Before reading this article, I never thought of economics as a science, if anything I would have more put it towards a math like category. Economics is a branch of knowledge based on the production, consumption, and transfer of wealth. Just as John Rawls and Robert Nozick said, economics really is the foundation of what keeps our world developing as it is. With this in mind, I still do not believe that economics is a type of science. Economics is based upon theory, rather then facts, and our economy is always changing. Science on the other hand is based more on set facts that are more reliable then our ever changing trend of economic events.

Matthew Ramos said...

What is economics good for? In my opinion economics is important because it creates a hypothetical picture for the future. Economists’ theories and hypotheses are not to be taken literally, they are meant to inform people of possible future scenarios. One of the crucial differences that separate an Economist from a Scientist is the ability to use experimentation to prove or disapprove theories and hypotheses. An economist does not have the ability to prove a theory is correct, but a scientist does. In science, the method of trial and error is used and errors are documented. In economics, calculations are made based on the analysis of data, and assumptions are made and presented. Economists are scientific in the way they analyze data, but Economics is not a Science.

Alexa Piccoli said...

Economics cannot be considered a science for many reasons. When using economics to predict future economies there is no reliability or predictability and too many assumptions are made. When economics is compared to other sciences that make assumptions, like physics, there are some similarities with methods but the end result is not conclusive. While the methods of physics improve predictability, the methods of economists do not. Another thing to take into consideration as to why economics is not a science is the fact that nobody seems to mind that their predictions are not correct as stated in the article. Although there are many points as to why economics is not a science it is still an important part of our society because it does give us insight into the economy. When a new chairman needs to be chosen it is important he or she understand that this study is not a science but should be taken into consideration when making decisions.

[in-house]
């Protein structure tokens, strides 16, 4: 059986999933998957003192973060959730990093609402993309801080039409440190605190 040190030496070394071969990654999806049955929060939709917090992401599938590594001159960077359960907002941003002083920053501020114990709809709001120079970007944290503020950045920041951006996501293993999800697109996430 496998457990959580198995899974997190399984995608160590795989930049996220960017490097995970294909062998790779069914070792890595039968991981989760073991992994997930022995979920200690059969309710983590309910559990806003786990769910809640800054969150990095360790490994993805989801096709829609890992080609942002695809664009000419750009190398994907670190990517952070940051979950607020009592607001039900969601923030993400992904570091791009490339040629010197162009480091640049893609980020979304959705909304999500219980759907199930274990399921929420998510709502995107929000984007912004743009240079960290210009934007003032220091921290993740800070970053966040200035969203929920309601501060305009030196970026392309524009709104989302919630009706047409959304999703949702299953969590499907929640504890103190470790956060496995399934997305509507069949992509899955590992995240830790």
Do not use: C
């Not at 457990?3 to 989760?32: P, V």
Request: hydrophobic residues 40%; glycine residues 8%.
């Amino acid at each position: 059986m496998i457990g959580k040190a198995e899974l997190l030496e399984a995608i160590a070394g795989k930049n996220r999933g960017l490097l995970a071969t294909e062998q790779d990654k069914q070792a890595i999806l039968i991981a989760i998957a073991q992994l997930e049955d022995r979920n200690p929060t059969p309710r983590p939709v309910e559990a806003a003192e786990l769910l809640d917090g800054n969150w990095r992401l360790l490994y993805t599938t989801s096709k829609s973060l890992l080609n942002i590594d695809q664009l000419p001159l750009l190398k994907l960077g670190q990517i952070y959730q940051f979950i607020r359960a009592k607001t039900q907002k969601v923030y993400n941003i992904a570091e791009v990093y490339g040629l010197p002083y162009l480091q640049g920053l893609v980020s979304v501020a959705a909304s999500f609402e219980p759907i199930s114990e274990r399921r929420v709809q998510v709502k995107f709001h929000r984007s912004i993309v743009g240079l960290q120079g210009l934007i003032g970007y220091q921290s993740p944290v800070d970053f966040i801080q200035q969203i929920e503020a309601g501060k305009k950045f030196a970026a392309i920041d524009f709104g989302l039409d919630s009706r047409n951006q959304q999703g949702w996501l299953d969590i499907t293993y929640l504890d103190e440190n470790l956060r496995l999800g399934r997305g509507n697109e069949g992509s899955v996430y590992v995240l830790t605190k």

Rich Gordon said...

Economics is a unpredictable theory that us humans can only hold on for the ride. Sure we might be able to predict slight changes in the way the economy moves but at large, we are in the dark. The main characters of economics are the consumer, producer and the government. With all these three things balanced on a scale, our economy would be perfect. These three things are not balanced and our economy can shift at any moment. In the article, economics is compared to a science. They are far different from each other. I agree with this because a science is very intricate and always predictable. Economics can bounce off the wall when economists think everything is going well. I do believe economists can predict small things that fall into the micro economic category. When it comes to macro economics there are to many factors that play in to predict the next step.

Kristoff Kolodko said...

I believe that Economics, though unpredictable, is still used for people to understand what to do if something goes wrong. Like one of Paul Krugman’s predictions, a lot of them happen to go wrong. But, economics finds different ways to fix problems in both GDP and the government and shows multiple ways how to fix the problems therefore making it important.

Dominic Gomez said...

I agree that economics is not a science. Unlike science, economics is not concrete. You cannot rely on past economic data and modules to predict what is going to happen next. That is why nobody foresaw the recession of 2008. There is no specific method or formula that is a hundred percent accurate in predicting what is going to happen next. Unlike scientists, economics cannot prefect their theories, meaning that economists cannot count on their theories working all the time. This is why, as the article stated, the Fed Chairman needs to have that “rare ear” to predict what is going to happen.